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English speaking PDF Download 32 – English speaking Dialogues about Trades

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These are variousDialogues you can use English Speaking about Trades –

  • Good morning, sir.
  • I am out of work, and I wish to find something to do.
  • What positions do you have today?
  • What can you do?
  • What did you do before?
  • What kind of work do you want?
  • I don’t care what it is.
  • I have been without work for about a month, and I must find something now.
  • Where were you employed before?
  • I worked in a hotel as a waiter, and as a head waiter also.
  • Why did you leave your job?
  • I left it because I wanted more money.
  • Fill this application here, and come back tomorrow morning.
  • I believe I can give you a position tomorrow.
  • Thank you, sir.
  • Good day.
  • Are you the man that was here yesterday afternoon?
  • Yes, sir.
  • You told me to come back today.
  • Come over to the desk.
  • Sit down.
  • What is your name?
  • My name is James Miller.
  • They need a waiter in a country hotel.
  • Can you go?
  • Yes, sir.
  • I can go anywhere.
  • Take this letter with you, and give it to the manager of the hotel.
  • Your salary will be twenty-five dollars a month.
  • Of course there is a chance for you to make some tips, too.
  • What is the fee for this position?
  • The fee is two dollars.
  • If you lose your job in two days, half of the money will be given back to you.
  • What kind of work are you looking for? Can you tell me what kind of work you have?
  • I need some farm laborers.
  • Do you want to work on a farm?
  • Yes, I do.
  • What is the pay?
  • The pay is twenty-eight dollars a month, your board, room and washing.
  • Here are some other kinds of work.
  • Railroad work.
  • One dollar and fifty cents per day.
  • The Company provides for sleeping quarters.
  • How far is it from here?
  • It is near Chicago.
  • The Company will pay your fare and your return fare also.
  • If you don’t like the work, you can come back.
  • Do you have anything else?
  • Yes, here is another kind of work.
  • I can give you a job in a coal mine in Pennsylvania.
  • The pay is one dollar and seventy-five cents.
  • Do you want to go to a lumber camp?
  • It isn’t far from here.
  • You can come to the city every Saturday to see your friends.
  • The work is not very hard.
  • You get two dollars a day and your room.
  • The board is very cheap up there.
  • You don’t have to spend any extra money.
  • Are you a Union man?
  • Yes, I belong to the Union.
  • Do you want to sign the contract?
  • There is another group of laborers who leave next Monday.
  • If you want to go, you have time enough to get ready and go with them.
  • I don’t know what to do.
  • I will think it over.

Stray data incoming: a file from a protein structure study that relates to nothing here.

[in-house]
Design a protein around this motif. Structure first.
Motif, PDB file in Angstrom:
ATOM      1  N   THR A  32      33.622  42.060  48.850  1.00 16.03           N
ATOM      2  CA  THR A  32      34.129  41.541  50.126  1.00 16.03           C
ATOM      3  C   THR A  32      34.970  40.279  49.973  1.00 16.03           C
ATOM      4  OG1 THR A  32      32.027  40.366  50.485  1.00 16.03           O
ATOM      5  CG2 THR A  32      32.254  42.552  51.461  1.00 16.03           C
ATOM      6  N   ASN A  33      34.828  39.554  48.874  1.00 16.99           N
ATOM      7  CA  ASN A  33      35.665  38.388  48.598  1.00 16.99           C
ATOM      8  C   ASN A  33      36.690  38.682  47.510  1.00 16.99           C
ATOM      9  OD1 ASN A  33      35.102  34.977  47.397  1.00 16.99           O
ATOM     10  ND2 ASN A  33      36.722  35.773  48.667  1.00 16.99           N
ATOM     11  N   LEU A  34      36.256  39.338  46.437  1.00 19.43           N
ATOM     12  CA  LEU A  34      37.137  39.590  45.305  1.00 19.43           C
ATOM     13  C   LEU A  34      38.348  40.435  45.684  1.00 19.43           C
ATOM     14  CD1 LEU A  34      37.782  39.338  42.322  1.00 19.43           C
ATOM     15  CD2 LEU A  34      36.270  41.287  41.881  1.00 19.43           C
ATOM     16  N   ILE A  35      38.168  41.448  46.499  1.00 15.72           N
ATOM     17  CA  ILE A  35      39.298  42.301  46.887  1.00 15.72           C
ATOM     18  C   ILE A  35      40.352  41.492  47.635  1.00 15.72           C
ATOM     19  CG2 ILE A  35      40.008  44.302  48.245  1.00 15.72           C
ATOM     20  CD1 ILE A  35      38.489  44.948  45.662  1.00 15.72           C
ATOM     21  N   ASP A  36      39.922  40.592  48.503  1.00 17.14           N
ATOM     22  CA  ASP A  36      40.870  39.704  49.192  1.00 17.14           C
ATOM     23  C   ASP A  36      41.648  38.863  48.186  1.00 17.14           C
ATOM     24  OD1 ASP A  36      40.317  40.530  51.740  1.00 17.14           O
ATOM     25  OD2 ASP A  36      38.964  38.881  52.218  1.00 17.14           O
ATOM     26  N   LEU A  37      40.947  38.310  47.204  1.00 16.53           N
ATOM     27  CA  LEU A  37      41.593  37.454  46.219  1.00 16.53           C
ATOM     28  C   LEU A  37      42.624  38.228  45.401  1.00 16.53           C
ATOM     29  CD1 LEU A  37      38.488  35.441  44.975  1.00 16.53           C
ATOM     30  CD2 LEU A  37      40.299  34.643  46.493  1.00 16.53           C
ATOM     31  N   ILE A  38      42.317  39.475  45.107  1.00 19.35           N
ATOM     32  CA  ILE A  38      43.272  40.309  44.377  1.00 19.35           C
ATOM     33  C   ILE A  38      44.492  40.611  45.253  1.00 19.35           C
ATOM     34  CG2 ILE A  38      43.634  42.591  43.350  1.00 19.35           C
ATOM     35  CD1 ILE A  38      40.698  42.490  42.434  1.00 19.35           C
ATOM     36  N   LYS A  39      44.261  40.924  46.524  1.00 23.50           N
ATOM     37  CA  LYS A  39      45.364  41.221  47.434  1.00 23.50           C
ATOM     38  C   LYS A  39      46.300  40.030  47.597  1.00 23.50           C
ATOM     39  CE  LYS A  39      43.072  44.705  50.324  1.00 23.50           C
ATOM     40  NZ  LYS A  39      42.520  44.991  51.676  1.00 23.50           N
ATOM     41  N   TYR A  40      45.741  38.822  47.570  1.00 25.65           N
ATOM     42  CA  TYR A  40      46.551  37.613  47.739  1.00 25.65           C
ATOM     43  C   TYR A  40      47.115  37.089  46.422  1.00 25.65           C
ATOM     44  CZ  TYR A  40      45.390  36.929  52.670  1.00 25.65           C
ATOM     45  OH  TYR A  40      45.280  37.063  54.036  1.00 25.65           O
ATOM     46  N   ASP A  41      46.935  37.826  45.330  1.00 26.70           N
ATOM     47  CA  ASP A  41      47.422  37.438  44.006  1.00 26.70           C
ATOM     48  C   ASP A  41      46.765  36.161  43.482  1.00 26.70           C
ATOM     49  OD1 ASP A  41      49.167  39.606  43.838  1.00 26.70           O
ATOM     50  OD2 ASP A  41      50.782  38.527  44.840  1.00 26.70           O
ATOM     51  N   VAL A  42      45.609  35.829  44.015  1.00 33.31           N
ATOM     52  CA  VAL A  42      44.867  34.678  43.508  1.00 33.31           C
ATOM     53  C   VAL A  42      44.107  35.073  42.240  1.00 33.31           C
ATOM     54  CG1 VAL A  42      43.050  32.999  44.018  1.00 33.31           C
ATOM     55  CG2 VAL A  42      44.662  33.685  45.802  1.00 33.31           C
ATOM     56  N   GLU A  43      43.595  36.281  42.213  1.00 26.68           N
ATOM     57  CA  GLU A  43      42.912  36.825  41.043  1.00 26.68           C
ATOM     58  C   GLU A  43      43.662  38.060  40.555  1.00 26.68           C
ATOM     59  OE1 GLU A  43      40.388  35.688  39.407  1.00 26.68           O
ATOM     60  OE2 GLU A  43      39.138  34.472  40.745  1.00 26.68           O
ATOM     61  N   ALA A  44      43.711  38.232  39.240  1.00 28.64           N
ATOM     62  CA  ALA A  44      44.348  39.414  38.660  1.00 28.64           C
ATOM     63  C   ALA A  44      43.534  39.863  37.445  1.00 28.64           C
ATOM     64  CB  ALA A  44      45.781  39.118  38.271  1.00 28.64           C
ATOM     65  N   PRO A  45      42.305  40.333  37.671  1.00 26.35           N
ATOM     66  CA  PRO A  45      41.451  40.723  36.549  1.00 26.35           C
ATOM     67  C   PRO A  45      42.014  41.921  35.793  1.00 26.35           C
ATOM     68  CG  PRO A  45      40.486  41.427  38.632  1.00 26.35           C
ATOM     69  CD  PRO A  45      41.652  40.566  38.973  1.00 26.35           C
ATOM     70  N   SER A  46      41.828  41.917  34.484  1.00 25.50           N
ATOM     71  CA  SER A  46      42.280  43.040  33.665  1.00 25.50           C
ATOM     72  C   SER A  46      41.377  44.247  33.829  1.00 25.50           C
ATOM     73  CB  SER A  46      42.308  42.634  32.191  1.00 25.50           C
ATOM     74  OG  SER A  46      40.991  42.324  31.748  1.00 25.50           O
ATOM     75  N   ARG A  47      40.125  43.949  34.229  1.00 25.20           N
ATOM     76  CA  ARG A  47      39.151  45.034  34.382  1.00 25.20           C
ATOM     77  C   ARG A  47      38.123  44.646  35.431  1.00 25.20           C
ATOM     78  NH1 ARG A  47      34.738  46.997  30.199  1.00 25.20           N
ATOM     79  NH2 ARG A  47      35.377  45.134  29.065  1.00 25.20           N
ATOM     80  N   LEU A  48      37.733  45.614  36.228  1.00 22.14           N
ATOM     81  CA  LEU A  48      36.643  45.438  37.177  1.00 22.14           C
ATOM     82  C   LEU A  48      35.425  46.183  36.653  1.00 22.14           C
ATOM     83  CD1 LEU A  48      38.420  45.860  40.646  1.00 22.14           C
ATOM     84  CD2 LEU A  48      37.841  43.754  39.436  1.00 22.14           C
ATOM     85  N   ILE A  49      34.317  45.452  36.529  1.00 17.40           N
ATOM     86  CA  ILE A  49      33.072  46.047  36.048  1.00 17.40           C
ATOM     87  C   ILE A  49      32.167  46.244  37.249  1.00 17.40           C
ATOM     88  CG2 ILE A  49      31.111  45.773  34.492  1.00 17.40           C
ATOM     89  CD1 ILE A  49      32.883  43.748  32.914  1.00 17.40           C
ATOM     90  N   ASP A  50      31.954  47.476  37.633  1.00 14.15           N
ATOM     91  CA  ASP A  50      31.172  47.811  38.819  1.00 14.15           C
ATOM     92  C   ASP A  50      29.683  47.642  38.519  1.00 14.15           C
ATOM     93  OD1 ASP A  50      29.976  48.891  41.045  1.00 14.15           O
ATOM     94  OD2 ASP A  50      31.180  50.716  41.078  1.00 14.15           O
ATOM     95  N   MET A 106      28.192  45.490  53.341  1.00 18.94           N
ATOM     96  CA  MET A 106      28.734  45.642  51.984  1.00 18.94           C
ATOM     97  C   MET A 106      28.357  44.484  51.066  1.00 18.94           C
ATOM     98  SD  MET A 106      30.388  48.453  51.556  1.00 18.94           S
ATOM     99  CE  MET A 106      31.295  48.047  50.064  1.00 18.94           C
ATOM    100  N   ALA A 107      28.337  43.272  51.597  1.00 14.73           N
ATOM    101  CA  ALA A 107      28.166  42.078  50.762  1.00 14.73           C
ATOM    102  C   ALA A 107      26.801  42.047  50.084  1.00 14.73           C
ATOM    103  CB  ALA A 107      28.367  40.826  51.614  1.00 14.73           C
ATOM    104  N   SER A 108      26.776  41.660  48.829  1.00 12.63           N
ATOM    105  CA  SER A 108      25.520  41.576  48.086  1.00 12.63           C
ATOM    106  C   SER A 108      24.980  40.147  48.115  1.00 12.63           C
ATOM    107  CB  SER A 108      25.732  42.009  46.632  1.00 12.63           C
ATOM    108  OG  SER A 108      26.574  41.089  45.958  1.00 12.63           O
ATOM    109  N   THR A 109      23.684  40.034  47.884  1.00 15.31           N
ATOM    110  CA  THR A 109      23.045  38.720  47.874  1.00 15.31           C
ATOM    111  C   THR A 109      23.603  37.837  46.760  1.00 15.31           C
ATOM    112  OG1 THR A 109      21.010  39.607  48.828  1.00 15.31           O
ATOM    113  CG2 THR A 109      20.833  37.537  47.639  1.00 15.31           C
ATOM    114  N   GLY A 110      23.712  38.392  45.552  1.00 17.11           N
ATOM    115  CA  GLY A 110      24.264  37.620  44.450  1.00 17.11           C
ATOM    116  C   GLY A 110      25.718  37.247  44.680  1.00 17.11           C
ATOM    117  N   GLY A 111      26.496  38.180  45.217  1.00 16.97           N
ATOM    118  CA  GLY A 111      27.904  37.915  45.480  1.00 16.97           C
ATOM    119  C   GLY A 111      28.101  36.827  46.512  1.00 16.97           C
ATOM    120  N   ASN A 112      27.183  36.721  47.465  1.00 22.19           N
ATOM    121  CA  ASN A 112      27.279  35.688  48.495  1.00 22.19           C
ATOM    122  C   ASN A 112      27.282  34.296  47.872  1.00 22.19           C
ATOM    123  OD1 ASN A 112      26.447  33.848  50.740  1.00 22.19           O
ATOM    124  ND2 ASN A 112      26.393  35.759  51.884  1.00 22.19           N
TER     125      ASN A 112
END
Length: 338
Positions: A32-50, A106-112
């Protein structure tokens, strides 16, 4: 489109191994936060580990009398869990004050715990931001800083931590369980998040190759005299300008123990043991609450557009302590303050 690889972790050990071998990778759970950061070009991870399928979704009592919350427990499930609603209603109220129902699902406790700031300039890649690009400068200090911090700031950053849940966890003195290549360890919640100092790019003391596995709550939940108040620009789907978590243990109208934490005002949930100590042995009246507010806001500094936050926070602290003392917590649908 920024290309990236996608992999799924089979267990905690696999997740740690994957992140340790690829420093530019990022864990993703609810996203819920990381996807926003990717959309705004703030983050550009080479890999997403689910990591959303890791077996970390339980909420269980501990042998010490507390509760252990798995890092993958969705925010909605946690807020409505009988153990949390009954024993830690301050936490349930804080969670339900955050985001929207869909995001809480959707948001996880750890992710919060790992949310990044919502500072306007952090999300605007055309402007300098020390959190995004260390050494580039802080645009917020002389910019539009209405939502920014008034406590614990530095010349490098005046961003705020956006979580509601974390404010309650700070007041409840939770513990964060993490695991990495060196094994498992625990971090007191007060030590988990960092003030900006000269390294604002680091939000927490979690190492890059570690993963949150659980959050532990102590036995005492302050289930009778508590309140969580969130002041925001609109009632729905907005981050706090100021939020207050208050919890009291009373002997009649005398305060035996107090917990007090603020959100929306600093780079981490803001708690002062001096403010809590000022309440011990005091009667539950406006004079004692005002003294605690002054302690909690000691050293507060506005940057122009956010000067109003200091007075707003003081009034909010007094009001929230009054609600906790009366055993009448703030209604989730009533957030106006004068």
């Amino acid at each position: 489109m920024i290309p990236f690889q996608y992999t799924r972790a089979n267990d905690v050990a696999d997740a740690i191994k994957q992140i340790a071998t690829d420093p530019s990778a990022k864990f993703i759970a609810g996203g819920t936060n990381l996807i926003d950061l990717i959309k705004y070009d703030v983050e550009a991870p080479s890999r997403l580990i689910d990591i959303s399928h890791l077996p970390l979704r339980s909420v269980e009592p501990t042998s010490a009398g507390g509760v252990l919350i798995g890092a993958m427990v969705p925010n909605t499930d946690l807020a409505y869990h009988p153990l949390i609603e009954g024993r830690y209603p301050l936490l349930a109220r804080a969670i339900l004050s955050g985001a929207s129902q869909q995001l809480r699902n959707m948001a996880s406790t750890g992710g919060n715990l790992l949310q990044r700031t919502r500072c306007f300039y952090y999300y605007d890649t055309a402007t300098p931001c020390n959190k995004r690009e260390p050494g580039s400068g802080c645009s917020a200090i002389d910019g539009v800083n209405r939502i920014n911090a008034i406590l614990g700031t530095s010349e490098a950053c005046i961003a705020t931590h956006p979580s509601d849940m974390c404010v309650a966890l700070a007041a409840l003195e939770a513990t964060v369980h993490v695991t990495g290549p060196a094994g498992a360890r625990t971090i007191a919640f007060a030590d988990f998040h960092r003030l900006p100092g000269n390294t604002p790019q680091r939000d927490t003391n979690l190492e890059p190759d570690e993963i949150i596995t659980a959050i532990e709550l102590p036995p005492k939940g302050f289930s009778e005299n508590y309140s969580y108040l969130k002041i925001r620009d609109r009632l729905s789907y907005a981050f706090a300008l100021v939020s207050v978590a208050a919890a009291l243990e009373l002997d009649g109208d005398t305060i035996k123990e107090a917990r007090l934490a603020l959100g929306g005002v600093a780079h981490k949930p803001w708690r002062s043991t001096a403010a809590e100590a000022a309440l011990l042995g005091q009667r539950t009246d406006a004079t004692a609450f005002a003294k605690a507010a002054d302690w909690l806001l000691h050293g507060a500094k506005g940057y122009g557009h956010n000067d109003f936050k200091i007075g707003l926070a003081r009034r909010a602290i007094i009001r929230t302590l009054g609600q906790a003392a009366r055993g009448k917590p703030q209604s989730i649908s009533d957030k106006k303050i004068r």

• I will talk over the matter with my family, and I will let you know by tomorrow afternoon.
  • Will that be all right?
  • Yes.
  • Please let me know as soon as you can.

English speaking PDF Download 31 – English speaking Dialogues about Time

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English Speaking Dialogues About Time


These are variousDialogues you can use English Speaking aboutTime

  • What time is it, please?
  • It is ten o’clock.
  • It is twenty minutes past ten.
  • It is half-past ten.
  • It is twenty minutes to eleven.
  • It is quarter past two.
  • What time does the train leave?
  • It leaves at even fifty.
  • You are mistaken.
  • It leaves twenty five.
  • It soon.
  • It is afternoon.
  • What time is it by your watch?
  • My watch has stopped.
  • I forgot to wind it.
  • My watch goes fast.
  • It does not keep good time.
  • Mine goes slow.
  • I don’t know what the matter with it is.
  • It is five minutes slow now.
  • I must have it fixed.
  • Do you have an alarm clock?
  • Yes, I have an alarm clock.
  • Set the 9 oclock for half-past five.
  • What time do you have your breakfast?
  • I have my breakfast at six o’clock, my dinner at twelve, and my supper at six.
  • There are four seasons in one year.
  • Name the four seasons.
  • Spring, summer, Autumn-Fall, winter.
  • One year has twelve months.
  • A month has four weeks.
  • Next year is a year.
  • Can you namemonths of the year? January, February, March, April, May, June, July, August, September, October, November, December.
  • Name the days of the week.
  • Sunday, Monday, Tuesday, Wednesday, Thursday, Friday, Saturday.
  • What day is it today?
  • Today is Wednesday.
  • What is the date today?
  • Today is the twelfth of January.
  • Hat day of the month is it today?
  • Today is the twentieth of August.
  • How long have you been here?
  • I have been here’ two months.
  • I came to this town two weeks ago.
  • I came here a week ago yesterday.